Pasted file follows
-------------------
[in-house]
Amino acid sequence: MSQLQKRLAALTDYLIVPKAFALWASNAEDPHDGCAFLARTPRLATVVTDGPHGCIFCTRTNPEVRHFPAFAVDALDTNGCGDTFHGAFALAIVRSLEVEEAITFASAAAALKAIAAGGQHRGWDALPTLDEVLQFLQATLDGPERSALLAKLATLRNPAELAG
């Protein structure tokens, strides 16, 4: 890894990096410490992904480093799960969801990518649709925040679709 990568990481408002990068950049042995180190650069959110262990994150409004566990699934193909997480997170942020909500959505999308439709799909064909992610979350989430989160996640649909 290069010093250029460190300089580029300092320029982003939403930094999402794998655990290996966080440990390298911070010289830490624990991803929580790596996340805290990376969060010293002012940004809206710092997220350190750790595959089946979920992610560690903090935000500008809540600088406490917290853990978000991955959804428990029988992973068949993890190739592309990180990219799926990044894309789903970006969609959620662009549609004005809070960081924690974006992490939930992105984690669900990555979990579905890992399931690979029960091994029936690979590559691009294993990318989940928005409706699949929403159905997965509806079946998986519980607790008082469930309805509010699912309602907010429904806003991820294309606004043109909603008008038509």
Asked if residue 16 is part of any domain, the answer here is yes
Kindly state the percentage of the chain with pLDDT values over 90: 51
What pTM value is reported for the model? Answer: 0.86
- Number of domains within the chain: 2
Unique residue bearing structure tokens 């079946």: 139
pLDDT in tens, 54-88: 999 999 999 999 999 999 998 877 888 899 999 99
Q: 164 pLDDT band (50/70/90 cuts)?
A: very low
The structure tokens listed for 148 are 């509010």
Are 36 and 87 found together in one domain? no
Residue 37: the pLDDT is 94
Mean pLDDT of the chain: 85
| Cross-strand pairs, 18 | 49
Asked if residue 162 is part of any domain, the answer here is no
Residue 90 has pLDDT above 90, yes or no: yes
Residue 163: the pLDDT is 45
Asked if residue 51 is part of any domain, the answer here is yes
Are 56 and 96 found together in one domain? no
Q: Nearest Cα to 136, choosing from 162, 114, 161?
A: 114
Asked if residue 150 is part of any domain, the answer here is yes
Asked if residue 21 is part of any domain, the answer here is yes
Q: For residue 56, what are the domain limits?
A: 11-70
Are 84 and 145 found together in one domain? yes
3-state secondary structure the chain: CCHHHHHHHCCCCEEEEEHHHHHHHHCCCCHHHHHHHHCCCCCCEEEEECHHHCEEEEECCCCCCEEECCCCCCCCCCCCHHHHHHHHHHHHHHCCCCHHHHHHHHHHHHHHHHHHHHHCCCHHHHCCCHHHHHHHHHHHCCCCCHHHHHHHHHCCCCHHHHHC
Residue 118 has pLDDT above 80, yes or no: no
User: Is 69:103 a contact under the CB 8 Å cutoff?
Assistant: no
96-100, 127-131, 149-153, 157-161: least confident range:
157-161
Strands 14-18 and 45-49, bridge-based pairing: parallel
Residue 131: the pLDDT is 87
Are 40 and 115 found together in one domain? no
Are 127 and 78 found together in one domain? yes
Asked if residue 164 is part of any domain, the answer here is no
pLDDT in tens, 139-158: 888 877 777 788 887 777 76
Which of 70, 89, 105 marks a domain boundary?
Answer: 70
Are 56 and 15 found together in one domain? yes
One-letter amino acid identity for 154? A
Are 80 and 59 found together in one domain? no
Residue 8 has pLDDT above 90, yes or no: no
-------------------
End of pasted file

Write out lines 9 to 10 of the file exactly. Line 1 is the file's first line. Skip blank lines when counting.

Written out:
pLDDT in tens, 54-88: 999 999 999 999 999 999 998 877 888 899 999 99
Q: 164 pLDDT band (50/70/90 cuts)?